The Ten Commandments Movie
"And thou shalt write them upon the posts of thy house, and on thy gates."
10 Commandments Movie
Ten Commandments Movie
The 10 Commandments Movie, starring Charleston Heston, Cecil Demille, Yul Brennyer. This drama is a profound Bible Epic which describes the story of Moses from his birth to his profound leadership in leading the Children of Israel out of Egypt. The movie won Oscars and profound special effects at the parting of the Red Sea. The movies was a smashing success at the box office and is still a popular movie today. The success may be due to the following of 2 directives of the Bible. In Deuternomy Chapter 4, special direction is given to teach our sons and our sons' sons. "Specially the day thou stood before the Lord thy God in Horeb', "and the mountain burned with fire", "and he declared unto you his covenant, which he commanded you to perform, even the 10 commandments, and he wrote them upon two tables of stone". From Deuteronomy 4: 9-13. Also in Deuternomy 6:9 the Ten Commandments are the only verses of scripture commanded to be posted in our homes and in public places (gates). "And thous shalt write them upon the posts of thy house, and on thy gates." The importance of these two directives may be a factor in the interest and the record numbers of people who saw this movie.
When casting the role of Moses, Charlton Heston was chosen as Moses because of of his striking Physical resemblance to Michelangelo's sculpture of Moses. His strong and handsome facial features seemed to fit that of a prince.
Cecil DeMille gave the role of Rameses as he thought that Yul Brynner personally reflected a stubborn, handsome, arrogant, and heir to the Egyptian throne. This was demonstrated in Rodgers & Hammerstein's THE KING AND I.
The 10 Commandments Movie
THE TEN COMMANDMENTS was DeMille's last film, and, appropriately, the master of the biblical epic concluded his career with a larger-than-life production, packed with enormous crowd scenes, lavish spectacles, strong-willed men and their devoted women, and wide-screen special effects, all orchestrated with dazzling brilliance. This is the story of Moses and the Exodus from Egypt, a tale which DeMille had previously filmed in 1923.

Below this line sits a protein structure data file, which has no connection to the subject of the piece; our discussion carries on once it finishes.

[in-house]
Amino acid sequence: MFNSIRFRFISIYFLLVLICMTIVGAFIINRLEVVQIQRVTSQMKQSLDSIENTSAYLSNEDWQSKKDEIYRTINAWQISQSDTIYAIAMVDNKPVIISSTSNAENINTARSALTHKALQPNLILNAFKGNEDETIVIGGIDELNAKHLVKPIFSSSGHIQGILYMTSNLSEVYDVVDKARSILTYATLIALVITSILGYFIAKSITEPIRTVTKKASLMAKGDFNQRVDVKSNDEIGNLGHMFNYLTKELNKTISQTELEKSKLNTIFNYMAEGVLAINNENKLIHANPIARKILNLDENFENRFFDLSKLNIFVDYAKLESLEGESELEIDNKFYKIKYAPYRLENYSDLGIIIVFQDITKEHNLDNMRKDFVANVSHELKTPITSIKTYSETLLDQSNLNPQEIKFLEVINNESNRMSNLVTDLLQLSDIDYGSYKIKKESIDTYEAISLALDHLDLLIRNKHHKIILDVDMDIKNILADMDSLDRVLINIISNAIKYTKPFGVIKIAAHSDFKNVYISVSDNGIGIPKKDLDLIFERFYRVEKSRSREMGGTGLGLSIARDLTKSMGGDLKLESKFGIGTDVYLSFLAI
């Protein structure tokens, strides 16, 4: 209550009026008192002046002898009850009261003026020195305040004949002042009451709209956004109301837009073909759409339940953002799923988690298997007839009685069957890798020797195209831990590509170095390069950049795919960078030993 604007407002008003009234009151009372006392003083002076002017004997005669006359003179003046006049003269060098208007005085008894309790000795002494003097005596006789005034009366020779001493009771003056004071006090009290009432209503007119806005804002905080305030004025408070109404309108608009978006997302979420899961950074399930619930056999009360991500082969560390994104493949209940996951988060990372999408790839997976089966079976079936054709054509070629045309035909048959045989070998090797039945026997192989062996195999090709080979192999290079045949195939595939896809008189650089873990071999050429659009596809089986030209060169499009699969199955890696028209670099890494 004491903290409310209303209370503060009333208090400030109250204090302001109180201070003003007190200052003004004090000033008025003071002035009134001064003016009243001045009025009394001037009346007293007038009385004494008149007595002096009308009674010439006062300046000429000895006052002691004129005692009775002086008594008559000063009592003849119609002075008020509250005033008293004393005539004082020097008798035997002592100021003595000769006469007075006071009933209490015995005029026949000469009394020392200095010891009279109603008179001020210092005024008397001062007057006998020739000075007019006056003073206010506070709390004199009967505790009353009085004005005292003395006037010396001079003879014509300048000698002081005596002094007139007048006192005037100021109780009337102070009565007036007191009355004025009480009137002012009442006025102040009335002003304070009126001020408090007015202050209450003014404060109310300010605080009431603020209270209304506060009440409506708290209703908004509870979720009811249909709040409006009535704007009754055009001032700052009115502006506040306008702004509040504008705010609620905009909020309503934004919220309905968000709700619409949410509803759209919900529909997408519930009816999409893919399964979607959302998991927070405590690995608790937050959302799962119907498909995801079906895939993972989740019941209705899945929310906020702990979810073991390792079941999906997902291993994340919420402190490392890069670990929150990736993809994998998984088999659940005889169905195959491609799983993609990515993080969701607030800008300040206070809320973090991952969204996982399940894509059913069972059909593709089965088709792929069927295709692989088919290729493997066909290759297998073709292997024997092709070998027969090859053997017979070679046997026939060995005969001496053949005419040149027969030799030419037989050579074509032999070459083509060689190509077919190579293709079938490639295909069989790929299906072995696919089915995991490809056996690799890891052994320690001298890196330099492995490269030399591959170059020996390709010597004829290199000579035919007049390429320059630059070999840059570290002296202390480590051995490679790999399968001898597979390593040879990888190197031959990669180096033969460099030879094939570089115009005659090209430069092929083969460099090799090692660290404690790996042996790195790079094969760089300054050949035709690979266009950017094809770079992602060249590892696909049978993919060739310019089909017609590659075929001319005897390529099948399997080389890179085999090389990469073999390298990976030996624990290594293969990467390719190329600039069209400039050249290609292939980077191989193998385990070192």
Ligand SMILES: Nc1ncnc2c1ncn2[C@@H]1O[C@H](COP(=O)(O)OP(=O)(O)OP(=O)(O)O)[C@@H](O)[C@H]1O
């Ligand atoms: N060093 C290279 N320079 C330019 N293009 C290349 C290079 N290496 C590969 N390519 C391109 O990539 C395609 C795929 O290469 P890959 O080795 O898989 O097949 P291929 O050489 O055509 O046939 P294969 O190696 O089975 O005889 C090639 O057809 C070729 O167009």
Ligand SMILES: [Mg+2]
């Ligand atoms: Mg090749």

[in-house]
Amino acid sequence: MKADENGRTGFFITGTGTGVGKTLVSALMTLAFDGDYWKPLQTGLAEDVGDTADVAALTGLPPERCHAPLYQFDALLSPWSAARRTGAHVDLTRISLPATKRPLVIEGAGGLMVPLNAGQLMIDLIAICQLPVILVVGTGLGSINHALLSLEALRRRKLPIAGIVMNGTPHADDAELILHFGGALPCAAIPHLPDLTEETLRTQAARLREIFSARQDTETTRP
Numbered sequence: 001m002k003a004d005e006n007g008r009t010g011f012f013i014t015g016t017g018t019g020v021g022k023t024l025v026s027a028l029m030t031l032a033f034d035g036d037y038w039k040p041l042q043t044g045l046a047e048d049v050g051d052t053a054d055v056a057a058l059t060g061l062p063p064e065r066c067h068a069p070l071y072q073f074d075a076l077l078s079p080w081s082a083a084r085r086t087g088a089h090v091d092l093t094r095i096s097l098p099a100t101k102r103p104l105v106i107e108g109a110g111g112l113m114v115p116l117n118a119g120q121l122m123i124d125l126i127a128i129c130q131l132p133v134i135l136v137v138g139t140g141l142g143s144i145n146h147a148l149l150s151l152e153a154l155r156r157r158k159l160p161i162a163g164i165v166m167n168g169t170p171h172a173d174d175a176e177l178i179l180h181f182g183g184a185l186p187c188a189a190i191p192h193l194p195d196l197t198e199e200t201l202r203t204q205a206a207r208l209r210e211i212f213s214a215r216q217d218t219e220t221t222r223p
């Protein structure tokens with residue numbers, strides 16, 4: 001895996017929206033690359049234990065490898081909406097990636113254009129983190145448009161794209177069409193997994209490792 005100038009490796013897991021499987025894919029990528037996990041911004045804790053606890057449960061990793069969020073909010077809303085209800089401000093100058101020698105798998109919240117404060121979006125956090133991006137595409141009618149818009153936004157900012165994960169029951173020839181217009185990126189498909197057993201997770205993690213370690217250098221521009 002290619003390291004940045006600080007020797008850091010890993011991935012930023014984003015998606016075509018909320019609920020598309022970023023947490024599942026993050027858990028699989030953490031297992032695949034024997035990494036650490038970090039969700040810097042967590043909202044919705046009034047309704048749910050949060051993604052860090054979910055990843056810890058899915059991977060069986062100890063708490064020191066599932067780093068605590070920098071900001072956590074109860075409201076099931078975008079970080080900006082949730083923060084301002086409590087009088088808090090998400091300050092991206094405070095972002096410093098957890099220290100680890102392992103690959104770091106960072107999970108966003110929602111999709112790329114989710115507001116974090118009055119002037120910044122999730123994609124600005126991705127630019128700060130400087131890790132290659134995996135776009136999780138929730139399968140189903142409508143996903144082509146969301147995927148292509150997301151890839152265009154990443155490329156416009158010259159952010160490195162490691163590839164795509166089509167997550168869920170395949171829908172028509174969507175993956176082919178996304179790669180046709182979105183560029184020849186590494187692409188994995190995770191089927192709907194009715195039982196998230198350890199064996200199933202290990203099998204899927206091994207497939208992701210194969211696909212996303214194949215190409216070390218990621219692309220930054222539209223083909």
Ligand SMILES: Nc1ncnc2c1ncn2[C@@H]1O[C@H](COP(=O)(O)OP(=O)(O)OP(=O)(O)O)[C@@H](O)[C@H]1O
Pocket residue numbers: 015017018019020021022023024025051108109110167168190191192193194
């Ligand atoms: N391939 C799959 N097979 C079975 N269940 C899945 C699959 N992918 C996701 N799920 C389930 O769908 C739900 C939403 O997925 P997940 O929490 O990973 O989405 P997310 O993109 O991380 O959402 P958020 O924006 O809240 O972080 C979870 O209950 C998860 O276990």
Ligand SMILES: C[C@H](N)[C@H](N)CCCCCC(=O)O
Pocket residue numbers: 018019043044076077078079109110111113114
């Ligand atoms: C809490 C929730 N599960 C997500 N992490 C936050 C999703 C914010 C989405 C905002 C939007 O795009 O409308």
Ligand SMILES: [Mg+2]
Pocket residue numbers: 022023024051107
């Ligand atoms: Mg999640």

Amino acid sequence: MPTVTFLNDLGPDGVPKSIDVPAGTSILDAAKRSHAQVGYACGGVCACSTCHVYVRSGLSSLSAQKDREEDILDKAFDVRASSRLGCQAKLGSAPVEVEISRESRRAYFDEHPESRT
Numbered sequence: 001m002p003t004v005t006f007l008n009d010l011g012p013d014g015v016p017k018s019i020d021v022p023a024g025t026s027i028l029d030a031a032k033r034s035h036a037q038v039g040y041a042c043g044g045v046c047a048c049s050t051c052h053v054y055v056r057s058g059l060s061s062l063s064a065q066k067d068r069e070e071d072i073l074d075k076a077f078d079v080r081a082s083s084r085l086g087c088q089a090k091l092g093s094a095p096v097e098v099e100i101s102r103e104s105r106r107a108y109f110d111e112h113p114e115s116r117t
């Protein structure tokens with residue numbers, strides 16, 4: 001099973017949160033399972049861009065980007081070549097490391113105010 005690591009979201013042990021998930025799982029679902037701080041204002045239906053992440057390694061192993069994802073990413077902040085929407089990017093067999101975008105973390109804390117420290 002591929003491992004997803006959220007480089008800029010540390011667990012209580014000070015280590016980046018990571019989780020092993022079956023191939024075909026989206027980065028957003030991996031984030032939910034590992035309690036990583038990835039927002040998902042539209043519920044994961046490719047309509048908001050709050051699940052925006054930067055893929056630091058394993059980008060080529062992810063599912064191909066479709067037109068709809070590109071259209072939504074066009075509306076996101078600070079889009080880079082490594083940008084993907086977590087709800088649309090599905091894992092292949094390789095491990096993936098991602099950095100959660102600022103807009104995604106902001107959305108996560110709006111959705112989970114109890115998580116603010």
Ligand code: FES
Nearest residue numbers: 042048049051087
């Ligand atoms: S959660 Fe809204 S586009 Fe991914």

With THE TEN COMMANDMENTS, DeMille brings to life the story of Moses on a scale no other filmmaker ever envisioned. Everything here is presented in a grandiose style, yet the fine cast is never overwhelmed by the lavish sweep of this epic. Heston is magnificent as Moses, playing the great prophet as a humble man with a great inner strength. DeMille chose Heston, in part, because of his strong resemblance to the famed Michaelangelo statue of Moses. DeMille is quoted as saying, "There had never been any doubt in my mind about who should play Moses. And my choice was strikingly affirmed when I had a sketch made of Chuck in a white beard and compared it to Michelangelo's famous statue. The resemblance was amazing. But it wasn't merely an external resemblance. Charlton Heston brought to the role a rapidly maturing skill as an actor and an earnest understanding of the human and emotional quality of Moses." Heston would do take after take until satisfied with the results and buried himself in Old Testament readings, memorizing whole sections and insisted on walking barefoot through the jagged Mount Sinai rocks. Brynner plays the pharaoh wonderfully with utmost seriousness. The supporting players gave Heston, Brynner, and their director strength. There is hardly a bad performance in the lot. Heston's infant son, Fraser, had his one and only acting job, playing the role of baby Moses. Heston provided the voice of God during the writing of the Commandments scene & the burning bush scene. He has always had a wonderful commanding voice and this film used it well. The Exodus sequence is a masterful coordination of cast, crew, and camera. Though the performances and epic nature of the film were unforgettable, THE TEN COMMANDMENTS is well remembered for its Oscar-winning special effects. The most impressive of all was the parting of the Red Sea. From http://charltonhestonworld.homestead.com/TenCommandments1.html